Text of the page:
In this week’s blog I want to reflect on the findings of Sarah Lawrence, whose book A Rite on the Edge: The Language of Baptism and Christening in the Church of England (SCM, London 2019) I reviewed last week in my series, ‘Books for ~Today’. According to her research, most non-churchgoers are oblivious to the theological significance of baptism: rather for them ‘christening’ is primarily an opportunity to make marriage-like vows of love and commitment toward the children. She suggests that churches should consider offering ‘naming ceremonies’. She makes the point that
the Common Worship service of ‘Thanksgiving for a child’ does many of the things that families want from a christening and would expect of a naming ceremony. If it were called a naming ceremony, rather than a Thanksgiving, then this would be readily understood and slot into a place in the ritual system, of modern Britain that is already well understood and valued.
Her suggestion made me wonder whether churches that do not practise infant baptism might also consider re-branding their services for young children and turn them into ‘naming ceremonies’. I think that this could be a helpful exercise in mission.
Certainly, Baptist ‘dedication’ services could do with a ‘rebranding’. Even regular worshippers are confused with the term: they often think the baby is being dedicated, whereas it is the parents who are dedicating themselves to the task of Christian parenthood. To make it clear what we were doing, I used to describe the rite as a ‘service of thanksgiving, promise-making, and blessing’. But what a mouthful that was! Although I prided myself on the creative form of words I had written for the service, the reality was that it had become an extraordinarily complicated event. At the same time that we were thanking God for the child and asking God’s blessing upon the child, not only were the parents making promises to bring up their child in God’s way, but the congregation was also making promises to support the parents and the child. Although these ‘dedication’ services (to use the unhelpful short-hand) were frequent, nonetheless on every occasion I had to explain at length to the church – and in particular to the non-church friends and family who had turned up – what the service was all about. Things then got even more complicated once non-church people (perhaps connected with our toddlers’ group) wanted their child ‘done’.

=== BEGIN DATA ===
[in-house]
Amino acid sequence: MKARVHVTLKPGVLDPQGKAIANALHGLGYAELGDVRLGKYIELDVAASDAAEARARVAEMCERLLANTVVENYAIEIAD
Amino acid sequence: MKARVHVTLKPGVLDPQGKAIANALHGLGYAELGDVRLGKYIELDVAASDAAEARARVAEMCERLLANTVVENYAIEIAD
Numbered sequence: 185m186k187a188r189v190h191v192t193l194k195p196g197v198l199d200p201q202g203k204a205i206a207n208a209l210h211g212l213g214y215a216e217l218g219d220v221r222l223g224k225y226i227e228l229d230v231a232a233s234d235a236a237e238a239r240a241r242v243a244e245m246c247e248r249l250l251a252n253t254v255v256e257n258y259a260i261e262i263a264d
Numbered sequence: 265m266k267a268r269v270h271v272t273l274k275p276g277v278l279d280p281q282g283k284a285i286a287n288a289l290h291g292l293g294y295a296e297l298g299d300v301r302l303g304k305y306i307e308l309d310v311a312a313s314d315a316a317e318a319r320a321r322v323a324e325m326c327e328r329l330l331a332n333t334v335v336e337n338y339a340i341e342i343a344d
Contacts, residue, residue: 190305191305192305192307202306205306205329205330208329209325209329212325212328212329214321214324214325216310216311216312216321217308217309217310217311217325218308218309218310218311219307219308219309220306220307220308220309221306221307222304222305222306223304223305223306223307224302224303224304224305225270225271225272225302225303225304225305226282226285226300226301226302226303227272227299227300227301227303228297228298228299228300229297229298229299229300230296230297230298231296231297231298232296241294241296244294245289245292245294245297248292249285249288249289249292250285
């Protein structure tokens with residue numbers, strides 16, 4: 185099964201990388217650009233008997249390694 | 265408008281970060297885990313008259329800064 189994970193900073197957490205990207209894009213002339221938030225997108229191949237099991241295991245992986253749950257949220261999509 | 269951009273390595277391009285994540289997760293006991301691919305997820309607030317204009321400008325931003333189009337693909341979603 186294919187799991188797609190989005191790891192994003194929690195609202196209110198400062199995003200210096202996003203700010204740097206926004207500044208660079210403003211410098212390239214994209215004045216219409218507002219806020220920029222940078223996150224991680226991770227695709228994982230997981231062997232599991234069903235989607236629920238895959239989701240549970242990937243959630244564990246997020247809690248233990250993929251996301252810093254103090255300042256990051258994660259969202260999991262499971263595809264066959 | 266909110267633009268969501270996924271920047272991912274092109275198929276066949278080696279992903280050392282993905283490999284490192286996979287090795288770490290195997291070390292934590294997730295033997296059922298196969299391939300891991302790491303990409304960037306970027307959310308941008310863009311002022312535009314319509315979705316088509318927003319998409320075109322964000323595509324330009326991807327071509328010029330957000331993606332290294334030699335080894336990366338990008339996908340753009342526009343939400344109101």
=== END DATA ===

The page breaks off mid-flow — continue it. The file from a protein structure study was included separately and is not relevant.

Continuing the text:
The Thanksgiving Service found in the Church of England’s Common Worship has the great advantage of being much simpler. Devised for ‘parents who do not wish their children to be baptised immediately’ and for parents ‘who recognise that something has happened for which they wish to give thanks to God’, the pastoral introduction to the service states:
The birth or adoption of a child is a cause for celebration. Many people are overcome by a sense of awe at the creation of new life and want to express their thanks to God. This service provides an opportunity for parents and families to give thanks for the birth or adoption of a child and to pray for family life. It may be a private celebration at home or in hospital, or it may be a public celebration in church.
The service has a six-fold structure:
- The Gathering which includes the introductory words: ‘We are here today, family and friends, to give thanks for this child and to support her parents in their responsibilities with our prayers and love. God became one of us in Jesus and understands all that surrounds the arrival and upbringing of children. It is God’s purpose that children should know love within the stability of their home, grow in faith, and come at last to the eternal city where his love reigns supreme’.
- Reading(s) and ‘Sermon’.
- The Thanksgiving and Blessing: ‘May he/she learn to love all that is true, grow in wisdom and strength, and, in due time, come through faith and baptism to the fullness of your grace, through Jesus Christ our Lord’. Significantly between the thanksgiving and the blessing the minister asks: ‘What name have you given this child?’ to which a parent or supporting friend says: ‘His/her name is …’
- The Giving of a Gospel to the parents with the words: ‘Receive this book. It is the good news of God’s love. Take it as your guide’, followed by promises by parents and then by family member to ‘pray for and encourage’ the child as he or she ‘ grows in the knowledge and love of God’.
- Prayers including the Lord’s Prayer.
- The Ending which is a blessing. For example: “The love of the Lord Jesus draw you to himself, the power of the Lord Jesus strengthen you in his service, the joy of the Lord Jesus fill your hearts; and the blessing of God almighty, the Father, the Son, and the Holy Spirit, be among you and remain with you always.
I have been present at such a service and found it most moving. Probably, for copyright reasons, Baptists and others would need to write their own form of words – but it could easily be an adaption of Common Worship.
But to return to Sarah Lawrence: she suggests that for the sake of non-church people we call the service a ‘Naming Ceremony’. With mission in mind, I think this rebranding could be a splendid idea. One thing for sure: it would certainly appeal to many Africans, who are very familiar with the concept of a naming ceremony.